Crocuses In Russia they were called saffron. These are perennial tuberous herbaceous plants from the Iris family. Since ancient times, crocuses have been widely used as a spice and food coloring. In the XVI century in Europe, some species of crocuses began to be used as garden ornamental plants. The name crocus comes from the Greek word “kroke” – a thread for the long stigmas of pestles that hang between the perianth lobes. The second name – saffron – comes from the Arabic word “sephe ran” – “dye yellow,” for the ability to dye products in saffron color.

The photograph shows varietal crocus from the group of commercial varieties of Chrysanthus. The main feature of this group is that golden crocus (Crocus chrysanthus) was used in the cultivation of varieties. In nature, this species is found in Asia Minor and the Balkans. Since the 19th century, golden crocus has been used in decorative gardening to create early flowering groups on lawns and flower beds.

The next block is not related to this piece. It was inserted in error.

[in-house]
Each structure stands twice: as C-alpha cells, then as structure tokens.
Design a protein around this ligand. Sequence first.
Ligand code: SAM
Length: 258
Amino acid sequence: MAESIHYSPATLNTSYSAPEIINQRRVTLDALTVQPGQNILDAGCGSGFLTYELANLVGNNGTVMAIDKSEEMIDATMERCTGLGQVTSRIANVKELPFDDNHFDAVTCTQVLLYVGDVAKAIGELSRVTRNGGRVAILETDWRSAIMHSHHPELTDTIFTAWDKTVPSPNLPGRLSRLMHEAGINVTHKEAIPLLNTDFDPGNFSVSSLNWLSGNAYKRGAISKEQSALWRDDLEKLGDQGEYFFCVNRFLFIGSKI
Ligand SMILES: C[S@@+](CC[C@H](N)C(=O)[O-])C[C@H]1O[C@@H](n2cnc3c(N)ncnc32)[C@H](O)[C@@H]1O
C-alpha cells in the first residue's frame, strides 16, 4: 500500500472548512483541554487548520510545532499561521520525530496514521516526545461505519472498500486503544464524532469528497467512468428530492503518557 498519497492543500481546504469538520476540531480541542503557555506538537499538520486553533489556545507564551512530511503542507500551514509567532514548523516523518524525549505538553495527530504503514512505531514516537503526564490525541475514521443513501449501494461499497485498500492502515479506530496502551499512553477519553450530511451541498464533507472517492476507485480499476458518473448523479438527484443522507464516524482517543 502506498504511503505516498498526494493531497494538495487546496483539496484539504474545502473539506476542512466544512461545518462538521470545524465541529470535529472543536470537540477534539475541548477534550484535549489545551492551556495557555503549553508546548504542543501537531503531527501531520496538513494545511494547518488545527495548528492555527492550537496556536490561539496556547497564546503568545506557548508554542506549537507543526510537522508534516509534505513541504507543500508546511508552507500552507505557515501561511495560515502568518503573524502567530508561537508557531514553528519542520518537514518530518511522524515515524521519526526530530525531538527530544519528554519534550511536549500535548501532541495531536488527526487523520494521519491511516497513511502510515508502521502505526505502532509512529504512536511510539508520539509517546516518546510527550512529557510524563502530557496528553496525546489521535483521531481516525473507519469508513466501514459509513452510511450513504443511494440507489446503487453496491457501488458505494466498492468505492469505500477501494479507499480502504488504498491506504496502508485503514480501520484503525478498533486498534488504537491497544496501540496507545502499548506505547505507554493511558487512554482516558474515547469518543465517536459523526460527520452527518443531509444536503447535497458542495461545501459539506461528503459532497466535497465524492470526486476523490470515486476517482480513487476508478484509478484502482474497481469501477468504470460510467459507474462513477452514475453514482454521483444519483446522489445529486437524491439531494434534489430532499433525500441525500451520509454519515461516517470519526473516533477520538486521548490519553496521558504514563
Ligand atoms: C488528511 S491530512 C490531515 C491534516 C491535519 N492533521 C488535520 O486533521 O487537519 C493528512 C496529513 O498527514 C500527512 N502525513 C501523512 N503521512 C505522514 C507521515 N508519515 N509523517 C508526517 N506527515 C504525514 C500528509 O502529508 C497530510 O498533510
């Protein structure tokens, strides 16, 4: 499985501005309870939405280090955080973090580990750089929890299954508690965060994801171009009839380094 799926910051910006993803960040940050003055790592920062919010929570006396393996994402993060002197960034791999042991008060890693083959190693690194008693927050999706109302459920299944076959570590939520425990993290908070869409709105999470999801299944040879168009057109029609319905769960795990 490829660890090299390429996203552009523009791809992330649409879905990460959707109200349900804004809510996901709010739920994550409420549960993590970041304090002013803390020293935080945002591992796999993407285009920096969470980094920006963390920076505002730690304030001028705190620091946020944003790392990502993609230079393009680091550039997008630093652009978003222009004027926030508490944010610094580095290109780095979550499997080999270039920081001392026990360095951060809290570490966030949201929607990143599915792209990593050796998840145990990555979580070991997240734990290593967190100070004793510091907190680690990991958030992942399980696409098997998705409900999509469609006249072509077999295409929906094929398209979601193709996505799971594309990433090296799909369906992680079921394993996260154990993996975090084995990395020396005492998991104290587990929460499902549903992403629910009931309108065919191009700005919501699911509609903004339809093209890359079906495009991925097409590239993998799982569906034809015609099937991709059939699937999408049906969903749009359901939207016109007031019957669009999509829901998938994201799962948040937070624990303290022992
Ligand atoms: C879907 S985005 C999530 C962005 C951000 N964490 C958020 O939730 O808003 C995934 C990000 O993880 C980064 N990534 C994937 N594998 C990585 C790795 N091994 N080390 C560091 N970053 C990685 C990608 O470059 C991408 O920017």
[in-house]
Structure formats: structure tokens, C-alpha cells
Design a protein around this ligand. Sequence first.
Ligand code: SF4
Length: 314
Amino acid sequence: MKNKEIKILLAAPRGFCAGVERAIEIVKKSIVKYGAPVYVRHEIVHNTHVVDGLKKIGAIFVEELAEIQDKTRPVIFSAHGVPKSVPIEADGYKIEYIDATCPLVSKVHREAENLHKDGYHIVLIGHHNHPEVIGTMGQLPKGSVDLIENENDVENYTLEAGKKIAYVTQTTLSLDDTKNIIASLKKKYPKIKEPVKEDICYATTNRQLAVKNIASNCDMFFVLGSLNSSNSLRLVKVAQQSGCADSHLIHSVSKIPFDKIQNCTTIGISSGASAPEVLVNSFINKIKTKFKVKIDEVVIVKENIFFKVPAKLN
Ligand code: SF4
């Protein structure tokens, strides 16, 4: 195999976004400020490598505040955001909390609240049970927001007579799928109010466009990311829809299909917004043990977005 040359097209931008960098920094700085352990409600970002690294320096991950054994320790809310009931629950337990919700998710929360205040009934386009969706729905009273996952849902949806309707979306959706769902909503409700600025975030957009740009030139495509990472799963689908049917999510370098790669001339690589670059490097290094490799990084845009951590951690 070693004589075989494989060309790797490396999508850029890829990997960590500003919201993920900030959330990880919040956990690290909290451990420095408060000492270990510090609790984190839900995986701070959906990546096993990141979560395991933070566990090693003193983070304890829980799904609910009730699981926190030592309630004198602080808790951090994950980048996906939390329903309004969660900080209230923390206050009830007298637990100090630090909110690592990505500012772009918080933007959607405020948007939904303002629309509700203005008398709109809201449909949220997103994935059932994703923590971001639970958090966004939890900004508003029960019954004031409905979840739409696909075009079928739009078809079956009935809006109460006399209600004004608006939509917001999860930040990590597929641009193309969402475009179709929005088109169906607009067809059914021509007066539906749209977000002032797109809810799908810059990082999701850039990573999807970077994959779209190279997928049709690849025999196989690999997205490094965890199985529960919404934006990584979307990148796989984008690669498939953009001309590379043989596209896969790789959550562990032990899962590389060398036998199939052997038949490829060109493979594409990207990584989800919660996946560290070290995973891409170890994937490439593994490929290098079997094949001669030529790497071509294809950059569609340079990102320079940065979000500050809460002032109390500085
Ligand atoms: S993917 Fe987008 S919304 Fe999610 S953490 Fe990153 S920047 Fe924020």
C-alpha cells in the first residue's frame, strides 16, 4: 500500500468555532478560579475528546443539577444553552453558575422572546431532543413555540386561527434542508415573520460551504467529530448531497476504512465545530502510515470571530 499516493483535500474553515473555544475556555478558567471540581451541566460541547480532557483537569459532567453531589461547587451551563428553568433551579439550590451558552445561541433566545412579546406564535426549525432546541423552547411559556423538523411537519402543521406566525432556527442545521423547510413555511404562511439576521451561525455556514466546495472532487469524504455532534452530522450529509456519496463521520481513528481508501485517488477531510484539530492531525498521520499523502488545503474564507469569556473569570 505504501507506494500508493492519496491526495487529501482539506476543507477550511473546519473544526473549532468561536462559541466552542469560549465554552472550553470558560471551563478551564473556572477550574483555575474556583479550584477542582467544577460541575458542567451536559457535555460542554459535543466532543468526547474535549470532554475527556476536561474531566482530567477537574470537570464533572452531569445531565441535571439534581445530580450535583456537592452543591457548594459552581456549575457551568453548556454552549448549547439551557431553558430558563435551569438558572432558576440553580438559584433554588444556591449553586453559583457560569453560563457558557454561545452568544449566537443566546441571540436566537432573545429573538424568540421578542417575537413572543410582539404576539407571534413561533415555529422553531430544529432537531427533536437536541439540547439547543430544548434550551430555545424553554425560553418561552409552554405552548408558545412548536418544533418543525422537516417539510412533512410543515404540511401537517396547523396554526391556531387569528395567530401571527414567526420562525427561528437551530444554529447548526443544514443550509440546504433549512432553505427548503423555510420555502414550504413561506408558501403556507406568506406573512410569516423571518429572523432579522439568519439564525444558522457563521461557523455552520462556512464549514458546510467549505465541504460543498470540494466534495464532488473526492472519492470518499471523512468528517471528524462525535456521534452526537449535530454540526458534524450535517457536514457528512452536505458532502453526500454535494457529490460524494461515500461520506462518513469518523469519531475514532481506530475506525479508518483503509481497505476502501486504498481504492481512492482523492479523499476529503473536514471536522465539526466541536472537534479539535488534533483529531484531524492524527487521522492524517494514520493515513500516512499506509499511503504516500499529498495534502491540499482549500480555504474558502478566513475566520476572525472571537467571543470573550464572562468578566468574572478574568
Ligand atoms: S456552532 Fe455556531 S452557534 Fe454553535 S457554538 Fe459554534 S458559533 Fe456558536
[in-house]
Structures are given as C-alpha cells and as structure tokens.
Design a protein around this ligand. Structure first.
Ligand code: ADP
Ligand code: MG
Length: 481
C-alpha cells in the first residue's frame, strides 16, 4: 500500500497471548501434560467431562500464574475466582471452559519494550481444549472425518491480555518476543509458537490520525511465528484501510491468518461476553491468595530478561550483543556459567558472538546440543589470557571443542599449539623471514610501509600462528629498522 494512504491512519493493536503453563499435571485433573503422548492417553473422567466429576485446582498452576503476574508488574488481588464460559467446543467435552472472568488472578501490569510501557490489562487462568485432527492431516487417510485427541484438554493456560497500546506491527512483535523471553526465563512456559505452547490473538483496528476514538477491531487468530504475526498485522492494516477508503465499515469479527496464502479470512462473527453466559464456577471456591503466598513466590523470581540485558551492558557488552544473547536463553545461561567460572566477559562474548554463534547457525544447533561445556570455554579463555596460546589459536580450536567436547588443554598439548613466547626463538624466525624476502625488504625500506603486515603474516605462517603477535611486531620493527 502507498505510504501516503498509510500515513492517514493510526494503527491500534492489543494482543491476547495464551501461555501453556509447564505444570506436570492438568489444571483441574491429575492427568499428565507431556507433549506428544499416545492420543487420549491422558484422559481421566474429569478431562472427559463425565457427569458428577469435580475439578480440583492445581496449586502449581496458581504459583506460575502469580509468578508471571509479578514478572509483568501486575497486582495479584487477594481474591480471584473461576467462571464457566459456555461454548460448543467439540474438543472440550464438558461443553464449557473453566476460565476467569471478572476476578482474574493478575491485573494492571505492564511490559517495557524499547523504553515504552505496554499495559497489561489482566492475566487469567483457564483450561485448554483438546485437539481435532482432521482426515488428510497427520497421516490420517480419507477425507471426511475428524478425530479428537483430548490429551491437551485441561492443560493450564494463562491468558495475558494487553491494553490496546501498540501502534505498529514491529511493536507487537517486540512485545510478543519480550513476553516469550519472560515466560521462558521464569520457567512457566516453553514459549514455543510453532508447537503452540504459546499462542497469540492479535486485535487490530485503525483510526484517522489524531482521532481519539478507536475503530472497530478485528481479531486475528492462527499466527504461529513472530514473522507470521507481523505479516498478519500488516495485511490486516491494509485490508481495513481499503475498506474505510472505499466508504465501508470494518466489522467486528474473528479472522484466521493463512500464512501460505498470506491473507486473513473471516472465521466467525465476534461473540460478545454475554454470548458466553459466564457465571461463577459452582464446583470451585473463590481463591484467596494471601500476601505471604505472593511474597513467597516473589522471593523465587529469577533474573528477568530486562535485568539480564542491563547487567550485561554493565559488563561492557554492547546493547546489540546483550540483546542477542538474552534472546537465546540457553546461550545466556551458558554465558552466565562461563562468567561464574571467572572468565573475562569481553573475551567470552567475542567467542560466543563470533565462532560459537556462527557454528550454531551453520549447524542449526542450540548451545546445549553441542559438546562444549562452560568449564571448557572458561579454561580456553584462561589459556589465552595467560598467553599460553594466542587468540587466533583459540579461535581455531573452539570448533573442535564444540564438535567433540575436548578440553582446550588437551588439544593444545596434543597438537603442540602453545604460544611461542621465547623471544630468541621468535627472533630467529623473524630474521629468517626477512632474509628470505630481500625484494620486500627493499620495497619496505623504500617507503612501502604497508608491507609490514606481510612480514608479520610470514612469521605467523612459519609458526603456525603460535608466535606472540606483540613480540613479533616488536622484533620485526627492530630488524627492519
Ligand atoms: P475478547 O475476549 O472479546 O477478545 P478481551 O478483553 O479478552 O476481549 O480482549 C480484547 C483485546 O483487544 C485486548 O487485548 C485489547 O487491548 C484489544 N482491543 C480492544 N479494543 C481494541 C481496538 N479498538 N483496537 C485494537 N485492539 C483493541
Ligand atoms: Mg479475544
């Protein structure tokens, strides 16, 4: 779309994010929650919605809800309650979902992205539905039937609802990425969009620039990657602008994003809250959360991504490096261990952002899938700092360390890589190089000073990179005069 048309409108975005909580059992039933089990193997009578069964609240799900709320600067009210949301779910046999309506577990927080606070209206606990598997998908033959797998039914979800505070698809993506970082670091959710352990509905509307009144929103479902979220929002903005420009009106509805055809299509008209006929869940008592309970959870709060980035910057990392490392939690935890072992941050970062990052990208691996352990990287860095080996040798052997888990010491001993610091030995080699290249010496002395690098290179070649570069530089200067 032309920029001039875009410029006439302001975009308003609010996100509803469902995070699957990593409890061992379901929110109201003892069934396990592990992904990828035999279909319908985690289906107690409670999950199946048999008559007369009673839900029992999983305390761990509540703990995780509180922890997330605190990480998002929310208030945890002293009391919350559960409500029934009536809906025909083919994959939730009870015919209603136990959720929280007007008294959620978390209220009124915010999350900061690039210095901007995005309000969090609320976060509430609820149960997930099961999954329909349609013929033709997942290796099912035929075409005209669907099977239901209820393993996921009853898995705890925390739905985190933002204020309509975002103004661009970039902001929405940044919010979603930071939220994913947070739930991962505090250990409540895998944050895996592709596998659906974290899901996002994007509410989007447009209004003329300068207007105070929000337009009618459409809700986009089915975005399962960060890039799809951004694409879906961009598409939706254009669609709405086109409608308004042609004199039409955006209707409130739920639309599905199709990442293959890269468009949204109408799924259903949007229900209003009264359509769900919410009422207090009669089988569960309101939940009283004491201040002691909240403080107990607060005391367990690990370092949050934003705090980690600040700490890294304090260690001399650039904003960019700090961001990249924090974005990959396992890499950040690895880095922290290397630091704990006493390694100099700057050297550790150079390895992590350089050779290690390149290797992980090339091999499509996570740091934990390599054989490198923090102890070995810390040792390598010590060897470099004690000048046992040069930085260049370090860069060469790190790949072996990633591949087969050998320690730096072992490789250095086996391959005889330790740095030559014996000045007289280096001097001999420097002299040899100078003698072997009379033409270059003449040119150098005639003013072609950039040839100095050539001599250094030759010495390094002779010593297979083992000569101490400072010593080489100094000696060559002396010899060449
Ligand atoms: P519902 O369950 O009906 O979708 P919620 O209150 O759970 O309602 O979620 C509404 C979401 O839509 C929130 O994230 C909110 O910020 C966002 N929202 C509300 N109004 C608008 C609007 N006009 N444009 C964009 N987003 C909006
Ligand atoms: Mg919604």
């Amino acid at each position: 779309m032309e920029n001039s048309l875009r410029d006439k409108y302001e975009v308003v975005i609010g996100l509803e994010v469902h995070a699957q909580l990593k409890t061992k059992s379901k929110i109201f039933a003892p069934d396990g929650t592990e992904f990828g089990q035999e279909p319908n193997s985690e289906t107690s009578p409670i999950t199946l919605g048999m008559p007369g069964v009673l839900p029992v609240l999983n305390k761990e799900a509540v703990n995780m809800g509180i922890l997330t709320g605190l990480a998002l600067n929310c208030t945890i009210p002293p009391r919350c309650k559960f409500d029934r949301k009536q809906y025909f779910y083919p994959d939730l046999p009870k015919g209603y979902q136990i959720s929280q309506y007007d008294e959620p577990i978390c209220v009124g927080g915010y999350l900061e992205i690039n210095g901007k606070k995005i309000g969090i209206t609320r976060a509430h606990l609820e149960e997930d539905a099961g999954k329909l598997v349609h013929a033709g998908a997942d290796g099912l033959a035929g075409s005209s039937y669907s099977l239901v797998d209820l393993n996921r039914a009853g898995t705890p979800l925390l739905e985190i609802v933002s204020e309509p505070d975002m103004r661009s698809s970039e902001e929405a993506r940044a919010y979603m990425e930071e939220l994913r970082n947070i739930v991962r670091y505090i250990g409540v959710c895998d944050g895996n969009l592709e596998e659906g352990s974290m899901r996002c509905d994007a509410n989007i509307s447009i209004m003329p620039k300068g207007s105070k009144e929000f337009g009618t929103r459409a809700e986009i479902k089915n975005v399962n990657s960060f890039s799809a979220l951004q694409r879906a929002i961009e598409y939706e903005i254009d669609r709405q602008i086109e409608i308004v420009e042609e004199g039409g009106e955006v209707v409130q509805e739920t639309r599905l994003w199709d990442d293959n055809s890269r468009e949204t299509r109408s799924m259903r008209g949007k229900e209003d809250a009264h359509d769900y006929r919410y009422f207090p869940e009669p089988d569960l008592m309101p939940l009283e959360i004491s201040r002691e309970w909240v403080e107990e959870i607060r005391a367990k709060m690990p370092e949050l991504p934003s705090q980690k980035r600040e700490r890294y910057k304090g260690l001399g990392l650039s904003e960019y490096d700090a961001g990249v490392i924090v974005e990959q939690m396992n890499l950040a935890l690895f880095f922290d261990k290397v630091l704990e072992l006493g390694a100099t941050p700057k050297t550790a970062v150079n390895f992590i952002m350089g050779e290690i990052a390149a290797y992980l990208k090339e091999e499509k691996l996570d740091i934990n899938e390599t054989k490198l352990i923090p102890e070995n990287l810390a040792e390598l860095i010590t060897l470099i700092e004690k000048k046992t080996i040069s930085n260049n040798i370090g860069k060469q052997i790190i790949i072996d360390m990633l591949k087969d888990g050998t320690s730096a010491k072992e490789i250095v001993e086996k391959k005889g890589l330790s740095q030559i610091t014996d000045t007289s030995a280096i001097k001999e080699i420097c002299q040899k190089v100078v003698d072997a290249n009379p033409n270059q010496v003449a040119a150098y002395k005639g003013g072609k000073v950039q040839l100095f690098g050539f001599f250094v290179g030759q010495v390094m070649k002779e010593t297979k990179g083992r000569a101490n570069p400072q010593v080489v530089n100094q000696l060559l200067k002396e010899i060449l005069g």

Crocuses usually bloom in the Mikhailovsky Garden in April, when the garden is closed for drying. Crocuses bloomed almost a month earlier this year. So, hurry to the garden and enjoy the spring beauty.

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